- Case Study
- Open Access
The experience of canakinumab in renal amyloidosis secondary to Familial Mediterranean fever
© The Author(s). 2016
Received: 13 December 2015
Accepted: 19 July 2016
Published: 15 August 2016
Familial Mediterranean fever (FMF) is an autosomal recessive disease characterized by self-limited recurrent attacks of fever and serositis. Patients may develop renal amyloidosis. Colchicine prevents attacks and renal amyloidosis. Five to 10 % of the patients with FMF are resistant or intolerant to colchicine.
Herein, we reported our experience with clinical-laboratory features and treatment responses of a pediatric FMF patient with amyloidosis treated with canakinumab. We observed a significant decrease in proteinuria and increase growth in the patient.
Discussion and evaluation
The most serious complication of FMF is the development of AA type amyloidosis which is characterized by proteinuria. Colchicine is the prototype drug that decreases production of amyloidogenic precursor protein. Occasionally, colchicine inadequate patient is observed, as in our case. Canakinumab is a human anti-IL-1β monoclonal antibody. Previously, canakinumab efficacy were shown in a limited number of studies.
Our data, though limited to only one patient, emphasize that therapeutic intervention with canakinumab seems to be improve kidney function in colchicine-resistant FMF with renal amyloidosis.
Familial Mediterranean fever (FMF) is a genetic, autoinflammatory disease, characterized by acute episodes of serosal and cutaneous inflammation, expressed with pain, fever, neutrophilia, and intense acute-phase response, caused by activation of the innate immune system . The FMF gene, named MEFV, is located on the short arm of chromosome 16 [2, 3]. It encodes a 781–amino acid protein called pyrin or marenostrin which is expressed mostly in neutrophils and acts in controlling inflammation by deactivating inflammatory peptides [4, 5]. Mutated forms of it may be involved in a series of reactions that ultimately enhance the overexpression of IL-1b and consequent inflammation .
FMF has been associated with an increased risk for secondary amyloidosis, mainly affecting the renal and vascular function in untreated or insufficiently treated patients with FMF. Amyloidosis is a progressive destructive disorder that results in organ dysfunction due to extracellular deposition of N terminal fragments of serum amyloid A protein (SAA) in the form of insoluble amyloid fibrils . Proteinuria is usually the earliest and most common clinical manifestation of AA amyloidosis in patients with inflammatory diseases .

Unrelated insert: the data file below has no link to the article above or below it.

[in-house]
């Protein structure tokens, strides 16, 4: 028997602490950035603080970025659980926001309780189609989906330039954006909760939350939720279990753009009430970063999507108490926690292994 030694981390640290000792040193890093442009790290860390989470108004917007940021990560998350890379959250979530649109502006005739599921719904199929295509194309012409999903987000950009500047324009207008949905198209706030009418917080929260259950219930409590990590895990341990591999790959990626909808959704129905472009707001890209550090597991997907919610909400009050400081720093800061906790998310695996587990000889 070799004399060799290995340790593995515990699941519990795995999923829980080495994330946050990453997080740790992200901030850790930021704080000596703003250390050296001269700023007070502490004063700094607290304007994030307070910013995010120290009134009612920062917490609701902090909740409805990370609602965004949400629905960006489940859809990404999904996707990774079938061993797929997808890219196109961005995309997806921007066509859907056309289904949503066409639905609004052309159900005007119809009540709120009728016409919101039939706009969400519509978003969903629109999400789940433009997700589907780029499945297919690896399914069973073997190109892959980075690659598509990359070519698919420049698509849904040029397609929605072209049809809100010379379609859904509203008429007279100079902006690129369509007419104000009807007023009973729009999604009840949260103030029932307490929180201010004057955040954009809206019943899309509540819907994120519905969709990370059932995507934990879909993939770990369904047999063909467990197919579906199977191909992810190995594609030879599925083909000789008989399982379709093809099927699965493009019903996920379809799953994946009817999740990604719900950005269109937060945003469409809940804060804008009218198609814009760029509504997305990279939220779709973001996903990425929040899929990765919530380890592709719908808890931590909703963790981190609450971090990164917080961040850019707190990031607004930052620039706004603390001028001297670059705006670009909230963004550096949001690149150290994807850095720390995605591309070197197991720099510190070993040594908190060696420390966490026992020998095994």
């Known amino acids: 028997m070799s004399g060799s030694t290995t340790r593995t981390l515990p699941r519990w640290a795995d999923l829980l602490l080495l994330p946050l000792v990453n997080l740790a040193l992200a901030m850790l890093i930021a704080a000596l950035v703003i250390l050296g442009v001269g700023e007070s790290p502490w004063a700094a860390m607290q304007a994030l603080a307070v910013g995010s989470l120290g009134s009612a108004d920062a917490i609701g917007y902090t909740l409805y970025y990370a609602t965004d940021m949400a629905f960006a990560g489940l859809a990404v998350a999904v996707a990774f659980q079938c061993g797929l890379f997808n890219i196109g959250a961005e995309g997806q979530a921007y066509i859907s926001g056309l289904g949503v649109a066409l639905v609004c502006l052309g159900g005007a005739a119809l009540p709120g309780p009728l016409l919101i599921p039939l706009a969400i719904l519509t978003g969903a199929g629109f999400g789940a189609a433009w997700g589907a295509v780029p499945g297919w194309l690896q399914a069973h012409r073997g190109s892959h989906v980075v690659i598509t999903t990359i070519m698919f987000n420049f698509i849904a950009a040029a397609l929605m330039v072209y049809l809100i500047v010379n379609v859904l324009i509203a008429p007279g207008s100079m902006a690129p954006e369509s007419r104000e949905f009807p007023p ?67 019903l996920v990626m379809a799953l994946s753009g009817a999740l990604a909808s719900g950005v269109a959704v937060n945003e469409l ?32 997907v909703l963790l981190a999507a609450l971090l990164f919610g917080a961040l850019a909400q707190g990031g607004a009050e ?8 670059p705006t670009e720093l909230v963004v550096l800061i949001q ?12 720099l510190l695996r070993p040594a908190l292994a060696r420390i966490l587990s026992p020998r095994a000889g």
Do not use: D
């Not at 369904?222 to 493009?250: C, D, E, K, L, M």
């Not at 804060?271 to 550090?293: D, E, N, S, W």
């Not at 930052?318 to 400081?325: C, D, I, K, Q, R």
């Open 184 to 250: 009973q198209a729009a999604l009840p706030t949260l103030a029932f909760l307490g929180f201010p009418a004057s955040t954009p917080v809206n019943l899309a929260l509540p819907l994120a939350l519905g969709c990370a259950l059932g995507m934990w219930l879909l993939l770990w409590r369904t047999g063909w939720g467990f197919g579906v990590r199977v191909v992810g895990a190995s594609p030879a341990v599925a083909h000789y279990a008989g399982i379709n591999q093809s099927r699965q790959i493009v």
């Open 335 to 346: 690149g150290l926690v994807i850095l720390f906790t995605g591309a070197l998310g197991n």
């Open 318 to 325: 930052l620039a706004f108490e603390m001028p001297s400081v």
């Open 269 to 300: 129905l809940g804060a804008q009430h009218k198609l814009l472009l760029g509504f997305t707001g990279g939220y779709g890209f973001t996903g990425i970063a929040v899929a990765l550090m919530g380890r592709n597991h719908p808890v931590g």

The goal of therapy for FMF is the prevention of acute attacks, development, and progression of amyloidosis. Colchicine is the mainstay of therapy which decreases attack frequency and increases the quality of life in more than 60 % of patients . It also prevents SAA secretion and slows the progression of amyloidosis in patients with FMF . Approximately 40 % of FMF patients treated with colchicine have a partial remission showed in the Eurofever study . Also, 5–10 % of the patients were reported to be resistant; suffering from either more than six typical FMF attacks per year or more than three typical FMF attacks within 4–6 months . Several studies showed that the patients with FMF were successfully treated with agents blocking interleukin (IL)-1 activity due to the critical role of IL-1 in the pathogenesis FMF [10–14].
Canakinumab is a high-affinity human anti-IL1 β monoclonal antibody of the IgG1/k isotype developed for the treatment of immune disorders, and it is highly specific for IL-1β and does not interfere with other IL-1-activated pathways.
We would like to share our experience of a patient with colchicine-resistant FMF and renal amyloidosis, whose treatment with canakinumab substantially improved renal functions and reduced proteinuria over a period of 26 months.
A 14-year-old male with colchicine-resistant FMF and amyloidosis was admitted for the first time in May 2013. He was born to parents of second-degree consanguineous marriage. He had taken regular colchicine therapy (2 g/day) and ramipril (5 mg/day) for proteinuria for a year.
Discussion and evaluation